A Century of Sonnets: The Romantic-Era Revival 1750-1850

By Paula R. Feldman; Daniel Robinson | Go to book overview
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Taking all dyes that sorrow can impart,
Or ever-shifting circumstance bestow—
The prey of present pangs or after-smart,
For ever feeling pain or missing bliss below.


389. 'His was a chamber in the topmost tower'

His was a chamber in the topmost tower,
A small unsightly cell with grated bars;
And wearily went on each irksome hour
Of dim Captivity and moody cares!
Against such visitants he was not strong,
But sate with laden heart and brow of woe,
And every morn he heard the stir and song
Of birds in royal gardens fair below,
Telling of bowers and dewy lawns unseen,
Drenched with the silver steam that night had left—
Part blossom-white, part exquisitely green,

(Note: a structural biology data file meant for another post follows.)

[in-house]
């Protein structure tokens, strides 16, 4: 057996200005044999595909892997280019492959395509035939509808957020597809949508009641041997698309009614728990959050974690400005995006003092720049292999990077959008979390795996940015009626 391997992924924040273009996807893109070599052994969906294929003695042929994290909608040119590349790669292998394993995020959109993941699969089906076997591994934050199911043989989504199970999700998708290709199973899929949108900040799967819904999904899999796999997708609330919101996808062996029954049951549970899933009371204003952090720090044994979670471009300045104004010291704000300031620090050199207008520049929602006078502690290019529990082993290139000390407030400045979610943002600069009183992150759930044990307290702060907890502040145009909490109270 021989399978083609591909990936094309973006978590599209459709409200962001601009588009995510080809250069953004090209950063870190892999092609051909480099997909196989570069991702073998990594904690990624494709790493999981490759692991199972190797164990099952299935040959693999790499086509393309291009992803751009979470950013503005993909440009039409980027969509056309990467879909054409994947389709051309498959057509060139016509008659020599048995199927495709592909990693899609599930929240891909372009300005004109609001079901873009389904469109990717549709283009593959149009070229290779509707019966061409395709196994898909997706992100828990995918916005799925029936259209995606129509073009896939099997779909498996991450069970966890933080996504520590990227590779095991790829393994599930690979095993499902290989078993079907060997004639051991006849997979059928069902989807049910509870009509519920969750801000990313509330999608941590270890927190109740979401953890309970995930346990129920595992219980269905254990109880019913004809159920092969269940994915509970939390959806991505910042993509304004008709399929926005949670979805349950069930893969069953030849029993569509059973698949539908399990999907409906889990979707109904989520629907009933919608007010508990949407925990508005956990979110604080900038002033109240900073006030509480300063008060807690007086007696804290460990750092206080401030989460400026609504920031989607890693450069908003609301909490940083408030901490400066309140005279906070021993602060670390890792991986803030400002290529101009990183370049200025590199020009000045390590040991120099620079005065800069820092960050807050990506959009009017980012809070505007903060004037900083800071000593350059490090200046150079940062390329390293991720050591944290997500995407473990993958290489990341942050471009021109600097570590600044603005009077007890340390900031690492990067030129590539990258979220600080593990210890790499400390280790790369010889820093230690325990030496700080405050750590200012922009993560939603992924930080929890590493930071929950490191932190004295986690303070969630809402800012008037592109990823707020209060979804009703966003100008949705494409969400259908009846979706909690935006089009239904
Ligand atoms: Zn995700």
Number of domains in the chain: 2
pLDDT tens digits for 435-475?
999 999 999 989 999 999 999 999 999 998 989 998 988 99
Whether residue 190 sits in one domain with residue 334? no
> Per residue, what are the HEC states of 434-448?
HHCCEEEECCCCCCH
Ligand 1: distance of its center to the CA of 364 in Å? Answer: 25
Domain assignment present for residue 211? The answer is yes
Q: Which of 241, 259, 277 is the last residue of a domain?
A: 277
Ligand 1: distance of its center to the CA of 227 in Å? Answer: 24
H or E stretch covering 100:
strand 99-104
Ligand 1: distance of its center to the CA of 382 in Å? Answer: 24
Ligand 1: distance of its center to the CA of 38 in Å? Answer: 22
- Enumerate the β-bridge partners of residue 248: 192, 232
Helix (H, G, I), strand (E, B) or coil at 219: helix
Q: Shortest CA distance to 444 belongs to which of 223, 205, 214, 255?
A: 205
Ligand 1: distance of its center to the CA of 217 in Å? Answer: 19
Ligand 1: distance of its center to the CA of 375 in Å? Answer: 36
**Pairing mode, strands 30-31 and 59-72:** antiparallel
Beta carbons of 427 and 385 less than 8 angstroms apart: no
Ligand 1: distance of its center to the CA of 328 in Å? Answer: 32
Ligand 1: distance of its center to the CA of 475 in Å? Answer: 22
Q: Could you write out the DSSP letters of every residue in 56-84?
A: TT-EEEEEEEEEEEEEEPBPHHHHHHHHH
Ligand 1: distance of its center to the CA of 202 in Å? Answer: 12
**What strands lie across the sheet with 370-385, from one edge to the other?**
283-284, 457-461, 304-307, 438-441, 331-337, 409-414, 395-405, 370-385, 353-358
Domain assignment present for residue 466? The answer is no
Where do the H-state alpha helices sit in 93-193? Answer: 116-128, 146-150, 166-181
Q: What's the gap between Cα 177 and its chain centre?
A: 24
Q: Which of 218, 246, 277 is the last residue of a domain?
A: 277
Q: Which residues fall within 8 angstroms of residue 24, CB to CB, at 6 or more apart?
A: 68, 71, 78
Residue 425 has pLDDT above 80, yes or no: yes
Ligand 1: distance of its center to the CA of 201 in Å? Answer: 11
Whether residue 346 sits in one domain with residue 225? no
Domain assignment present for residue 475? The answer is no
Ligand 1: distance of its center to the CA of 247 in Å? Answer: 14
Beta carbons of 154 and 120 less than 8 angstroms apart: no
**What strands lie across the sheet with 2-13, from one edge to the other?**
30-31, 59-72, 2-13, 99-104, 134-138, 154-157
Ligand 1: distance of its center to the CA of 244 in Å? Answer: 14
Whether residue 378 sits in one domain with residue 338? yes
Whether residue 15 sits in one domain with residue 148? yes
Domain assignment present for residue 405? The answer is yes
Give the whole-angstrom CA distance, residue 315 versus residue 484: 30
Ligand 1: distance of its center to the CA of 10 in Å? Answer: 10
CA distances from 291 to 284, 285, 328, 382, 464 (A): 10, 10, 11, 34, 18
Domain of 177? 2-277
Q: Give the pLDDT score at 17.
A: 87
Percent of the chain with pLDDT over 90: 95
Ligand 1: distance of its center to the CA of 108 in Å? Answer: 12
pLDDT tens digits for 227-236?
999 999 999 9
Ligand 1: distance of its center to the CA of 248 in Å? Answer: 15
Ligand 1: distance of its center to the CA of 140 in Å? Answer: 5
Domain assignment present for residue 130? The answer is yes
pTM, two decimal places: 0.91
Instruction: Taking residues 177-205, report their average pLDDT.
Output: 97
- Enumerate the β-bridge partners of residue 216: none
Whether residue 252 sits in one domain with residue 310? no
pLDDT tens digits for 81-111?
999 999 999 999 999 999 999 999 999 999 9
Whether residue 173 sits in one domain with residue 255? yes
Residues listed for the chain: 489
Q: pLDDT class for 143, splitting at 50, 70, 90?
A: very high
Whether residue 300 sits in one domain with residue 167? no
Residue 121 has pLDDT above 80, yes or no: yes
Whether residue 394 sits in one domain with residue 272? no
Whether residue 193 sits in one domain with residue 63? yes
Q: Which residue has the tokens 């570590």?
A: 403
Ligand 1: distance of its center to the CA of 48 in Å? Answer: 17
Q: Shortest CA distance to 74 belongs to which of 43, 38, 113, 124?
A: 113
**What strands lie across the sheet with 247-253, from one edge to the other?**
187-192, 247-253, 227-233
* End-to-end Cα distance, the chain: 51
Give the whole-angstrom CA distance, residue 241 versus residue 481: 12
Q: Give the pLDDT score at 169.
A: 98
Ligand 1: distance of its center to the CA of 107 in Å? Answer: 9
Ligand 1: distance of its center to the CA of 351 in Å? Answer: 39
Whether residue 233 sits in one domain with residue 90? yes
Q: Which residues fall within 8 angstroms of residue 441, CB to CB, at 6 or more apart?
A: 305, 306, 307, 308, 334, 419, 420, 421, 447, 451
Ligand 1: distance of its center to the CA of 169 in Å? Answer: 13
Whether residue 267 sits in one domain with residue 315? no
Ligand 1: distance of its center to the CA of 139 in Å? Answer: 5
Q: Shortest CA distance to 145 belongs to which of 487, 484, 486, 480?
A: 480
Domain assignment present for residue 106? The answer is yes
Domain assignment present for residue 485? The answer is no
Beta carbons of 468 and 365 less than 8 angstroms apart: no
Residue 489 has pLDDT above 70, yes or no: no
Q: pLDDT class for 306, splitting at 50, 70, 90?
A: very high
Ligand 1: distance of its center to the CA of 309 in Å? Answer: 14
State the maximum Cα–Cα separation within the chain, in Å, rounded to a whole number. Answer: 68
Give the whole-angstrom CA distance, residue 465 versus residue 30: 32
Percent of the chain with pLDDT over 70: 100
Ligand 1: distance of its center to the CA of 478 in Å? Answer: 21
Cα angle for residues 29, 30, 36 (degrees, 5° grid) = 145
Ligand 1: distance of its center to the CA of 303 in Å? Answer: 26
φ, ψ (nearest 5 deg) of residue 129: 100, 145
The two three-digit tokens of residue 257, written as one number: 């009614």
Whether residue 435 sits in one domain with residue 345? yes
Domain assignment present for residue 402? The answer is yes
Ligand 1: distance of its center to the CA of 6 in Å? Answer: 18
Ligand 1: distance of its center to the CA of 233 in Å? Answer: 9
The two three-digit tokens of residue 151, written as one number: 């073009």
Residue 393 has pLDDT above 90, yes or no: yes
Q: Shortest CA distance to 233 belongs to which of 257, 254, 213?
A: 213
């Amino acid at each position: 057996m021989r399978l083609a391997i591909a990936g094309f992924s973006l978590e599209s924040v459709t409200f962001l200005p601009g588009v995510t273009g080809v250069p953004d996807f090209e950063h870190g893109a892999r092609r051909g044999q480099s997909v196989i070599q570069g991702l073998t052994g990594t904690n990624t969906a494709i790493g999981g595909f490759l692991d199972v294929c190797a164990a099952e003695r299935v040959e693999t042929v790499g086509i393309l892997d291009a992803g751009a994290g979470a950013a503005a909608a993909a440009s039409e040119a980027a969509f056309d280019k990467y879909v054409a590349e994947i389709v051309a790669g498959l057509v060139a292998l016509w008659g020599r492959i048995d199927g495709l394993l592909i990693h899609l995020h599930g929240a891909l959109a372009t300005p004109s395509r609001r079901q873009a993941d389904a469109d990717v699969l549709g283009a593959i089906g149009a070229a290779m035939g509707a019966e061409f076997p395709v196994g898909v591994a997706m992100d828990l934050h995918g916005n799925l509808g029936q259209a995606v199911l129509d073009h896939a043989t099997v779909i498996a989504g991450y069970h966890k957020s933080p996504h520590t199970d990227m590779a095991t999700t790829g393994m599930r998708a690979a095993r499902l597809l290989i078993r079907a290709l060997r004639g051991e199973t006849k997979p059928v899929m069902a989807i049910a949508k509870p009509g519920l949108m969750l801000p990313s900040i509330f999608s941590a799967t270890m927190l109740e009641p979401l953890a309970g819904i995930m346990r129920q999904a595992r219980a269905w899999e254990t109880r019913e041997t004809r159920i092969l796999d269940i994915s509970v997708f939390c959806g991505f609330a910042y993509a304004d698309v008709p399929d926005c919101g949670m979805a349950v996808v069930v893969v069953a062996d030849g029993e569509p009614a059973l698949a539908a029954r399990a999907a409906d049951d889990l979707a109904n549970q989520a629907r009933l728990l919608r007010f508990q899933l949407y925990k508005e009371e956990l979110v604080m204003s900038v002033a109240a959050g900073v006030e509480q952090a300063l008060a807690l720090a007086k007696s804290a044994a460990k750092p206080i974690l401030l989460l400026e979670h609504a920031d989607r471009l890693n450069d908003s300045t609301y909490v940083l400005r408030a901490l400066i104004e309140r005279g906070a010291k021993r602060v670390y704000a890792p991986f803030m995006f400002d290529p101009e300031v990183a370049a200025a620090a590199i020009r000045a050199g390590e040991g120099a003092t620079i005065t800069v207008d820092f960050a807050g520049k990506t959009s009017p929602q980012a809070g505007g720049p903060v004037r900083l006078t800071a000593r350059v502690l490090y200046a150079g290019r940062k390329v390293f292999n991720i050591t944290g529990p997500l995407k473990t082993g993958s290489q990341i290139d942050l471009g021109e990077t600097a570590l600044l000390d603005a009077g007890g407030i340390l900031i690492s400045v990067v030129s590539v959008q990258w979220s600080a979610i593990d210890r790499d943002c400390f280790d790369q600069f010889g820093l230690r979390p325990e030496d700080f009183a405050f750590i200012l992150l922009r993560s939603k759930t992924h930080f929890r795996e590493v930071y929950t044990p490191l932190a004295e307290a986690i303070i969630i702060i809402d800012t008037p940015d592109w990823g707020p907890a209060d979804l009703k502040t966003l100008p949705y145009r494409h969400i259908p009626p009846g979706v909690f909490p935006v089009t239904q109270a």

And ringing all with thrushes on the left,
And finches on the right, to greet the sheen
Of the May-dawn; while he was thus bereft!


Alfred Tennyson

Alfred Tennyson succeeded William Wordsworth as poet laureate in 1850.
Early in his career, during a period of lyrical experimentation, he wrote son-
nets; most were published in his 1833 volume Poems. He would go on to
write the poems for which he is most admired, including the elegy In
(1850), which expresses his grief over the early death of his friend
Arthur Henry Hallam (1811–33), and the Arthurian poems Idylls of the King

390. 'Check every outflash, every ruder sally'

Check every outflash, every ruder sally
Of thought and speech; speak low, and give up wholly
Thy spirit to mild-minded melancholy;
This is the place. Through yonder poplar alley,
Below, the blue-green river windeth slowly;
But in the middle of the somber valley,
The crispèd waters whisper musically,
And all the haunted place is dark and holy.
The nightingale, with long and low preamble,


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